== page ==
Samrat Prithviraj is a historical epic directed by Chadraprakash Dwivedi. He is well-known for the television series Chanakya. He also directed a few films that received critical recognition. The majority of his works are inspired by literature.
In Samrat Prithviraj, he attempts to reconstruct the epic tale of the famous Indian king Prithviraj, partially based on the poem Prithviraj Rasso and other northern Indian folklore. They made this film with a wide range of age groups in mind, with a focus on making it more kid-friendly. Many aspects of the conflicts and internal politics were reduced in the process, resulting in characters that were relatively one-dimensional. Prithviraj, played by Akshay Kumar, is our good hero and Mohammed Ghori, played by Manav Vij, is our terrible villain.
There are more theatrics in the writing than cinematic elements. Samrat Prithviraj, like theatrical plays, contains one long scene followed by another with a lot of talking. It’s what we’d refer to as “old school.” But it still works now in some way. The large sets, costumes, and visuals are all quite appealing. There is a particular cadence to the dialogues. There are some terrific action sequences as well.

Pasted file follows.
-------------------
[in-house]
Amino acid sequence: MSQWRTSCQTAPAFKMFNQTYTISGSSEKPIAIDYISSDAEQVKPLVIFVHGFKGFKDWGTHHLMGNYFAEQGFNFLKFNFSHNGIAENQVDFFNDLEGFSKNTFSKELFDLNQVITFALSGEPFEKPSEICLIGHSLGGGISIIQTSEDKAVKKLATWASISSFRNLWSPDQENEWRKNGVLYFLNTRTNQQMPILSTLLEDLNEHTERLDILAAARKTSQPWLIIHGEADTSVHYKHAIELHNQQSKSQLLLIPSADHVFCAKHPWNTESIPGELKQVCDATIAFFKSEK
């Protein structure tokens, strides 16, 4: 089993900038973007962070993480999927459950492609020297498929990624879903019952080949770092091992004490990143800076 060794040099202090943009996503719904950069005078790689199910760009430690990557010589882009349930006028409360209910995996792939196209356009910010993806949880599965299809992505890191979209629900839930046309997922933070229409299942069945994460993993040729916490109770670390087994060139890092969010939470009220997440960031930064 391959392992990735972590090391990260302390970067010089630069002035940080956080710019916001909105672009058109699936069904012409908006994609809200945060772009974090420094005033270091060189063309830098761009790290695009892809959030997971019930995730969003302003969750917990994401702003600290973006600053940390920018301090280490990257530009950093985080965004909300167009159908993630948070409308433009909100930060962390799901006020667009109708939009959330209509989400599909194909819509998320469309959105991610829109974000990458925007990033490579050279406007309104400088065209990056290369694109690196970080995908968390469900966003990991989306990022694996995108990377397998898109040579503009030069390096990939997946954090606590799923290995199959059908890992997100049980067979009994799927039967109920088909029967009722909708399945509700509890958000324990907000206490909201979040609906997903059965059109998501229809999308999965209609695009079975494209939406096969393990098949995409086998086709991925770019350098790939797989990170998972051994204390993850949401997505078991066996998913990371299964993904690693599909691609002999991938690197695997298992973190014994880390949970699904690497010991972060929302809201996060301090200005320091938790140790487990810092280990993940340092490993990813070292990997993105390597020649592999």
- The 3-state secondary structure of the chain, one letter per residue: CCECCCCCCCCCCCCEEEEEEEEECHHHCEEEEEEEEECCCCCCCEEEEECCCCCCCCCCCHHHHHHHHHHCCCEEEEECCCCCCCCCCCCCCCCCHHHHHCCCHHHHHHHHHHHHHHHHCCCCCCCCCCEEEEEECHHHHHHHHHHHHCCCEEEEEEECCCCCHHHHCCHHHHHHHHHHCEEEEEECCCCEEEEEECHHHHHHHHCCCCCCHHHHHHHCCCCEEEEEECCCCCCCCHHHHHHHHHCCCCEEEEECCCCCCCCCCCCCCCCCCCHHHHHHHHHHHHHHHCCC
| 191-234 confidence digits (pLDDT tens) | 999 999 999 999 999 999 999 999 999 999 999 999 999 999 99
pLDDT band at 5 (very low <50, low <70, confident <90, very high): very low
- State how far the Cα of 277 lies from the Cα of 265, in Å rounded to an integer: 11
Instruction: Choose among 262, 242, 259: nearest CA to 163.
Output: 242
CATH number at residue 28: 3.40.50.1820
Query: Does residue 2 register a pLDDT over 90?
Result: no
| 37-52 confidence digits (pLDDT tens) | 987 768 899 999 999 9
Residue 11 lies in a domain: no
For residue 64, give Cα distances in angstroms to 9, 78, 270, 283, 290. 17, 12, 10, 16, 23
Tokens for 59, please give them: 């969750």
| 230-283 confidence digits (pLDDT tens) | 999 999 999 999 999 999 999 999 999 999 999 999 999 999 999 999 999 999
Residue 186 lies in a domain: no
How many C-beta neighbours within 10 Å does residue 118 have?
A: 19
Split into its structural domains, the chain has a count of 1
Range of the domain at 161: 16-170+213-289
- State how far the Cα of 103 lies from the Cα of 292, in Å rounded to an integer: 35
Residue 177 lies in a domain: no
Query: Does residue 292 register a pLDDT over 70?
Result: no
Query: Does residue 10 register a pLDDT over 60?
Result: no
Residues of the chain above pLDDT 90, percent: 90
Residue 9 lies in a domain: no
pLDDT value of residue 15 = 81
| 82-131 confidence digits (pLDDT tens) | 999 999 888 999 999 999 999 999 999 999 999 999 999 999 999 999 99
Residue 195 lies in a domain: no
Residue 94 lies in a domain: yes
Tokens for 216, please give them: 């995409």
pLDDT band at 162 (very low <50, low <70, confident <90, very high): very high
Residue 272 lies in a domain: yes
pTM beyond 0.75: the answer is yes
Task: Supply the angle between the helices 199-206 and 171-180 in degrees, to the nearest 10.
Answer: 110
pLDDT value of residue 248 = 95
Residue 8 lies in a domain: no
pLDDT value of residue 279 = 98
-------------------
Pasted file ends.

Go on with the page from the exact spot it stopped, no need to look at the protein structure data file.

Samrat Prithviraj works as a spectacle with a simplified narrative. It’s a two-hour war epic since they don’t go into detail on the events shown in the film. As the warrior king, Akshay Kumar offers a strong performance, however it isn’t consistent throughout the film. He looks slender as a warrior king, defying the cliches of period film casting. Sonu Sood and Sanjay Dutt are convincing in their portrayals. Manushi Chhillar looks very ameture, while an experienced actor like Sakshi Tanwar is completely wasted. Ashutosh Rana’s Jaichand appears confused, while Manav Vij’s Ghori is monotonous.
Chadraprakash Dwivedi ensures that the art team does not overlook any details, yet he fails to tackle the continuity issues himself. There are several timelines that are abruptly omitted throughout the film. It’s because they take a simplified approach to situations that are inherently complicated.
In general, Samrat Prithviraj is a simplified version of the epic. It’s a good big-screen extravaganza with several high points, especially a strong climax. Several attempts to adapt Prithviraj for the big screen have been made in the past, but they never received the funding necessary to realise their vision. In terms of technical brilliance, Samrat Prithviraj is the best attempt to tell the story on the big screen.
We tried to analyse the film on its own merits, however there is something we would want to address. Chadraprakash Dwivedi and Akshay Kumar speak about history a lot while marketing the film. They even appeal to the Ministry of Education, requesting that something be balanced in the history books. If they truly intend it, it becomes extremely problematic since the film itself simplifies everything and leaves out the political complexities. Many incidents were omitted since they did not fit into their simplistic narrative. If all of this chatter is merely a publicity stunt, it has to be the worst way to promote a film.